Law Behind the Headlines
By John Cooper QC, Consultant Editor CL&J
The Justice Secretary announced last week a whole raft of new measures which not only radically shift the axis of sentencing policy from the previous administrations agenda of prison and more of it, to a more nuanced approach which deserves close analysis. The context in which these reforms are proposed cannot be ignored.
The Ministry of Justice (MoJ) needs to make significant reductions in its expenditure and the political reality is that the MoJ must take its slice. In this respect, it is utterly unrealistic to condemn every initiative which comes out of government which purports to make savings.
Equally, all reforms must be tested by the essential yardstick of ‘access to justice’. If any initiative threatens that fundamental right, then the initiative is flawed.
Let us then consider the new sentencing proposals with all this in mind.
It is trite to state that there are some crimes for which prison, and sometimes, a lengthy term of imprisonment is not inevitable. Nothing in Clarkes proposals gainsay this.
It is also right to say that sometimes, people will be released from prison and go on to commit further serious crime. This sadly has happened and will continue to happen, whether the perpetrator is released early or otherwise from their sentence. This fact of life should not be used to stifle the debate, now in play, about the effectiveness of imprisonment in some circumstances.
The new proposals, initiated by the Justice Secretary seek to reduce the number of people serving indeterminate sentences of imprisonment. Some of these terms have been imposed because of the prisoners past record rather than for the crime for which he was convicted, and as such, represent an extra element of retribution handed out by the criminal justice system. If retribution worked to reduce crime, there may be some justification for this, but it does not…and it is expensive.
Clarke also seeks to prevent the more vulnerable sections of Society being sent to prison, when other community based disposals may be more effective. On reducing the numbers of women sent to prison, the Justice Secretary is only following the learned views of Baroness Corston, in her Report on the issue some years ago. (http://webarchive.nationalarchives.gov.uk/+/http://www.homeoffice.gov.uk/documents/corston-report/)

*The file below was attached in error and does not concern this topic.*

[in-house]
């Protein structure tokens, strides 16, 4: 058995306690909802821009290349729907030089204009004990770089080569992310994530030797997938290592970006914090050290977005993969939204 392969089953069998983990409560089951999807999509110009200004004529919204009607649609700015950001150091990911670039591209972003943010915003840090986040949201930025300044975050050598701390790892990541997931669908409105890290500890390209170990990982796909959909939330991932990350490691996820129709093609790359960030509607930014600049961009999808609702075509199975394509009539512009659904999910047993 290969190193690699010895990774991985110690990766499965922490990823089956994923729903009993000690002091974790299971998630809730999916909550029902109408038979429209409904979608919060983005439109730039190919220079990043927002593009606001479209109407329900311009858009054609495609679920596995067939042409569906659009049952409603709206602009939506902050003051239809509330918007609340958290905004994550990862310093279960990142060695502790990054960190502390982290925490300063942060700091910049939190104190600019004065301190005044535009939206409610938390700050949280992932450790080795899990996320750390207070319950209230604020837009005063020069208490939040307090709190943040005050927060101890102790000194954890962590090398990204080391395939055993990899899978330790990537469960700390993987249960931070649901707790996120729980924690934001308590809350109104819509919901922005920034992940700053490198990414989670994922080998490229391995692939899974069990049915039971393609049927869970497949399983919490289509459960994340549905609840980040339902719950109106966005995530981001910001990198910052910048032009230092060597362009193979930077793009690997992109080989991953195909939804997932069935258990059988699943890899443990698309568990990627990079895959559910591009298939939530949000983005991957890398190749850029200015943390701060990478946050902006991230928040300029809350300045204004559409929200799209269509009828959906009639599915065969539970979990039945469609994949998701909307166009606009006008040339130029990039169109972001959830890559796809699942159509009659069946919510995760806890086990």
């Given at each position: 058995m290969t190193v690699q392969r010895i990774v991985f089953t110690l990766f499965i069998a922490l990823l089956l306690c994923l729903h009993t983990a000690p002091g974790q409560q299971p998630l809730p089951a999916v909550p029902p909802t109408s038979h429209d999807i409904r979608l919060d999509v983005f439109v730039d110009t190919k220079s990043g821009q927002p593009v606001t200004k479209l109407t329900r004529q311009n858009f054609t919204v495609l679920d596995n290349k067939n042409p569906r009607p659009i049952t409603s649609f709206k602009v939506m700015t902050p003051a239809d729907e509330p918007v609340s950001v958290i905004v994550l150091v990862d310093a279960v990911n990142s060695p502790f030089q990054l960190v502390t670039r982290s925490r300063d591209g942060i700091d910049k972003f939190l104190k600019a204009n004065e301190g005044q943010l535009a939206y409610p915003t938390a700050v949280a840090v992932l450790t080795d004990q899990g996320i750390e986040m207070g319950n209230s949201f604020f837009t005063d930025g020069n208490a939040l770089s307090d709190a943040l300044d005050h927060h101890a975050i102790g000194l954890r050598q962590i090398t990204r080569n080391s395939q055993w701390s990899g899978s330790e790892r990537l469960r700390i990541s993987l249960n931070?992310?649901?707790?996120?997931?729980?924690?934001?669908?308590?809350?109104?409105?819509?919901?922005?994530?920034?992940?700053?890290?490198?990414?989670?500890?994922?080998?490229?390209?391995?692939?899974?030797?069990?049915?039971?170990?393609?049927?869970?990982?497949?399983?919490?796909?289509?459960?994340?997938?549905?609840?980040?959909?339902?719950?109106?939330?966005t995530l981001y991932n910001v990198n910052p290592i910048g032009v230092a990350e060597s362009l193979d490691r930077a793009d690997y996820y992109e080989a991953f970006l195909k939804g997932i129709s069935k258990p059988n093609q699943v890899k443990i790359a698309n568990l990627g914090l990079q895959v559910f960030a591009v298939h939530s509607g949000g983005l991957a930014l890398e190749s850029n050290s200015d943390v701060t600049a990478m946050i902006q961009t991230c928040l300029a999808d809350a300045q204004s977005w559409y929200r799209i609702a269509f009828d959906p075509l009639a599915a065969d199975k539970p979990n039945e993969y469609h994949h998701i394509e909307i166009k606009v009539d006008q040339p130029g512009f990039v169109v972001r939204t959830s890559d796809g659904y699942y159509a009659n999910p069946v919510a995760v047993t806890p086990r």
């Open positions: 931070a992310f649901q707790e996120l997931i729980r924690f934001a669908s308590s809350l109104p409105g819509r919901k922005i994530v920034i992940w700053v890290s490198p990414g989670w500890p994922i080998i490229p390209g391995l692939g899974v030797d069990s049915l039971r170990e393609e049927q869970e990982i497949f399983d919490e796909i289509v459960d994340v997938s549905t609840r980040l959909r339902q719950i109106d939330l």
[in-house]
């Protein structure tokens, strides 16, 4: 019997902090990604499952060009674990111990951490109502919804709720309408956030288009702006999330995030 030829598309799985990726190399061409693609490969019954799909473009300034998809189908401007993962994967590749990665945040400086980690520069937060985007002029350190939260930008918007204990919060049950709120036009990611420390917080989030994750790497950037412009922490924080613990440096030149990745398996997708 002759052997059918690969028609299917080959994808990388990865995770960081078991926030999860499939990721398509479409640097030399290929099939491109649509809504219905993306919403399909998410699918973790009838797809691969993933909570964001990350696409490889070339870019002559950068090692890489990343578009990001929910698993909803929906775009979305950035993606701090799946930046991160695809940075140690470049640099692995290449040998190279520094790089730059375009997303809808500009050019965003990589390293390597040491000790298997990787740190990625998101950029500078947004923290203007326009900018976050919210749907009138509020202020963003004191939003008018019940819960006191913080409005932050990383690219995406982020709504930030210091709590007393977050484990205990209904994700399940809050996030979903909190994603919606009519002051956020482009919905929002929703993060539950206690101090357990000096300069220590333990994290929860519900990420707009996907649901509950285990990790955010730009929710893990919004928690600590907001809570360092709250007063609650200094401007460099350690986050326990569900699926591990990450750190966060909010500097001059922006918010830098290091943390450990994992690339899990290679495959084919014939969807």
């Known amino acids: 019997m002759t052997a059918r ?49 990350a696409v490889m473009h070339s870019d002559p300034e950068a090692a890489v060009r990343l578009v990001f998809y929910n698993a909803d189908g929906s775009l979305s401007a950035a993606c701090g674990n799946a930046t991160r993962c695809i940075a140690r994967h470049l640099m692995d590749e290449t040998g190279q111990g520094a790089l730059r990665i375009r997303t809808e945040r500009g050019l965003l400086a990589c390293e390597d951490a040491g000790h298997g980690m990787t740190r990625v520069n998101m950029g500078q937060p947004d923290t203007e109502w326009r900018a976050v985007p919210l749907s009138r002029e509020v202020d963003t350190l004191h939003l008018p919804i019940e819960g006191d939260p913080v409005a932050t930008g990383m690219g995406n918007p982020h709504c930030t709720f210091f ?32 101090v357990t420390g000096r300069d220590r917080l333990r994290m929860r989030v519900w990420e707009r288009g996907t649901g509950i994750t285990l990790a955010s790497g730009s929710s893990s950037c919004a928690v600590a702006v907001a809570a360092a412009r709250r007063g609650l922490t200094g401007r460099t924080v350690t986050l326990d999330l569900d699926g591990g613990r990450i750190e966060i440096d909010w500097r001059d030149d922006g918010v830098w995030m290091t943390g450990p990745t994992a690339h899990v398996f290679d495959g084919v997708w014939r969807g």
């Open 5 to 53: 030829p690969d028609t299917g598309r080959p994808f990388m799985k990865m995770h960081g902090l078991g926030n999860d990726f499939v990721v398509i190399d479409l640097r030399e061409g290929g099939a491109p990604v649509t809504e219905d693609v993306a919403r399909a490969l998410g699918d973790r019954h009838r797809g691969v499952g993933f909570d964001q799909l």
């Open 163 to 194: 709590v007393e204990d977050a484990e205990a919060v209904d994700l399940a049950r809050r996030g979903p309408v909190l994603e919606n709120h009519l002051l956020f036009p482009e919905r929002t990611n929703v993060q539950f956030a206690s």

But not everything put forward by Clarke makes sense and some of it is downright worrying.
It must be wrong that the time that a discount on sentencing for a guilty plea begins is at the police station, as Clarke proposes. Most defendants, some of them very vulnerable, are presented with the evidence, or what there is of it, for the first time in custody and to be placed under artificial pressure to plead guilty at a police station before they have received mature advice is as unfair as it is undesirable.
Apart from being deprived of mature reflection and advice on the evidence, there is no way that a defendant in the early hours of the morning in a police cell will be able to consider if the evidence upon which he is being pressured to plead to is even admissible.
Here is the ‘access to justice’ point at its starkest, made even more acute if the MoJ are going to abolish police station representation, the result being that vulnerable people are being encouraged, even coerced by the promise of a reduced sentence, by pleading guilty at a police station at a time when they have no physical legal representation at hand. This should be resisted.
So, a mixed bag and much to be discussed. But let us not descend into ‘red top’ debate about prisoners rampaging the streets. The public deserve better than that.